Janny Scott of The New York Times recently wrote an article Pushing coops to Explain why you can't buy about a bill before the New York City Council that will require Coop Boards to Explain why they are rejecting a buyer.

A city council member from Queens Hiram Monserrate introduced a version of the bill in 2004. He visited my office at one of our sales meetings introducing and explaining the bill to us and discussed the coop application process and rejections. All the agents in my office were behind the bill to make coop boards accountable and to get some transparency from the secret way in which coop boards decide which buyers to accept and which to reject.

While New York City is considered a progressive city with good civil rights and fair housing laws (11 protected classes) most home owners in Manhattan live in coops that are private corporations equivalent to private clubs.

Under current law coops do not have to offer any explanation when they reject a potential buyer from their building. Coops also do not have to tell buyers or brokers exactly what their requirements are or what they are looking for in a buyer. They can change rules and requirements when ever they want.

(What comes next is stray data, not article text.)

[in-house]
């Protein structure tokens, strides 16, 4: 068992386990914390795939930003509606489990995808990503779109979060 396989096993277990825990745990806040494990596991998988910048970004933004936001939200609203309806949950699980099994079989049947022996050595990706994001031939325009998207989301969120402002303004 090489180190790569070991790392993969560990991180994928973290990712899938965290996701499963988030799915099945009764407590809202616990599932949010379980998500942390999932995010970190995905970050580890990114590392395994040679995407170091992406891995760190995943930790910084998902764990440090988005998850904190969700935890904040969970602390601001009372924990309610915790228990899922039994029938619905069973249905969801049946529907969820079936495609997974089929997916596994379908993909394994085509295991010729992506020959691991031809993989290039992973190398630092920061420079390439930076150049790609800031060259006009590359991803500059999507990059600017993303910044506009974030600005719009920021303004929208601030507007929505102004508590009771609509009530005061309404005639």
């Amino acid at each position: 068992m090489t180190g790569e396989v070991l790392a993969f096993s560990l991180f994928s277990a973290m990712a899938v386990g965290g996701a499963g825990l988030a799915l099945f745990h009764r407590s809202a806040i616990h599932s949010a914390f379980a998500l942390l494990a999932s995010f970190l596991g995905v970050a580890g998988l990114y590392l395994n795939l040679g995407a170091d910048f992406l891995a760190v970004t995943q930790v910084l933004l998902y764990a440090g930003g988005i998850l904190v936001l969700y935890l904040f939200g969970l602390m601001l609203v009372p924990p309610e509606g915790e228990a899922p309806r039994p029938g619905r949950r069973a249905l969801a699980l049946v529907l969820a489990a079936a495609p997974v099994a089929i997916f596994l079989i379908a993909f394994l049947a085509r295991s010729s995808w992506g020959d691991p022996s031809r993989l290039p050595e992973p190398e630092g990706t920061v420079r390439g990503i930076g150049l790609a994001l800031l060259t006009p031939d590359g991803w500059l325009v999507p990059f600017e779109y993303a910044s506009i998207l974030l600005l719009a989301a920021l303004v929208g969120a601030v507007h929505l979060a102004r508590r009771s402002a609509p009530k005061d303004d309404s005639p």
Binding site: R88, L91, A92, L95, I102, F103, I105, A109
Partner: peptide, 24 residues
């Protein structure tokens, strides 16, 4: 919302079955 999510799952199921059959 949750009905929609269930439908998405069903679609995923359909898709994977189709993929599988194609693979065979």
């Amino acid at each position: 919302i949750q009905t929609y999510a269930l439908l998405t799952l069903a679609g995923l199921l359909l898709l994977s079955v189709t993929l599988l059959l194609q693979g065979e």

Having had two coop board turn downs in my career one as the listing agent and one as a buyers agent It can devastating for the buyer, the seller and the brokers. The seller might have already gone into contract on a new place and will likely lose their deposit. As the listing agent I was able to sell the apartment to another buyer. Rejected buyers are humiliated not knowing why they were rejected.

While I do honestly believe most coops are reputable and are only concerned about the buyers finances I also believe in a city as large as New York with so many coops that require no special skills, training or credentials to be elected to a board abuses and discrimination can and will take place.